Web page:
Living conditions in the camps were rough. Many of the camps consisted of hastily built shacks and shanties,some were tent cities, some were ghost towns left over from long abandoned logging operations, while some were nothing more than farm buildings and animal stalls. The only item the government provided for internees was a potbellied stove. Everything else, including food, clothing, and toiletries had to be bought from special government commissaries. Since the internees had all of their property and assets seized, they often had no choice but to take part in menial work projects in order to feed and clothe themselves and their families. The Red Cross even had to bring in food shipments so that those who couldn’t work, such as the elderly or infirm, wouldn’t starve.

The war ended with Japan’s official surrender on September 2nd, 1945. However, newly freed internees found that they couldn’t return home. In August of 1944 Prime Minister Mackenzie King announced that Japanese Canadians who were to be repatriated after the war were forbidden from living west of the Rocky Mountains. This was actually a part of government policy to resettle Japanese Canadians, and drew popular support from Canadian voters. Parliamentarian Ian Mackenzie stated,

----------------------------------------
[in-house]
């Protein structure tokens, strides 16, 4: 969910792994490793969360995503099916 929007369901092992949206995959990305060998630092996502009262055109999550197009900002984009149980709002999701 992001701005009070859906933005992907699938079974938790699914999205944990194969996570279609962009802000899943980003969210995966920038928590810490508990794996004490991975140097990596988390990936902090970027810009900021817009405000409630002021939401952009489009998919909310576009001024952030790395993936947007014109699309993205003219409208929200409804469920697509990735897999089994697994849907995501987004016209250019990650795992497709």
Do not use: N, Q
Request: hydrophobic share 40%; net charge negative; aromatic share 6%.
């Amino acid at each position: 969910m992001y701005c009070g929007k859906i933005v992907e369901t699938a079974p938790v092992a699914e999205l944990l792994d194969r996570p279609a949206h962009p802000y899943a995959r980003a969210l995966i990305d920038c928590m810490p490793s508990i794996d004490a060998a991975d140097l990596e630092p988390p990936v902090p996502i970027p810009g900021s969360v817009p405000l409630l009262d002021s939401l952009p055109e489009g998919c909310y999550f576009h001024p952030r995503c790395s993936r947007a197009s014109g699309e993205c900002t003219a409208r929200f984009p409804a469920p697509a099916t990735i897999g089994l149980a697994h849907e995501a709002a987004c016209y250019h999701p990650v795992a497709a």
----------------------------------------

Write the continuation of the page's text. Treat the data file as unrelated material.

“It is the government’s plan to get these people out of B.C. as fast as possible. It is my personal intention, as long as I remain in public life, to see they never come back here. Let our slogan be for British Columbia: ‘No Japs from the Rockies to the seas.’”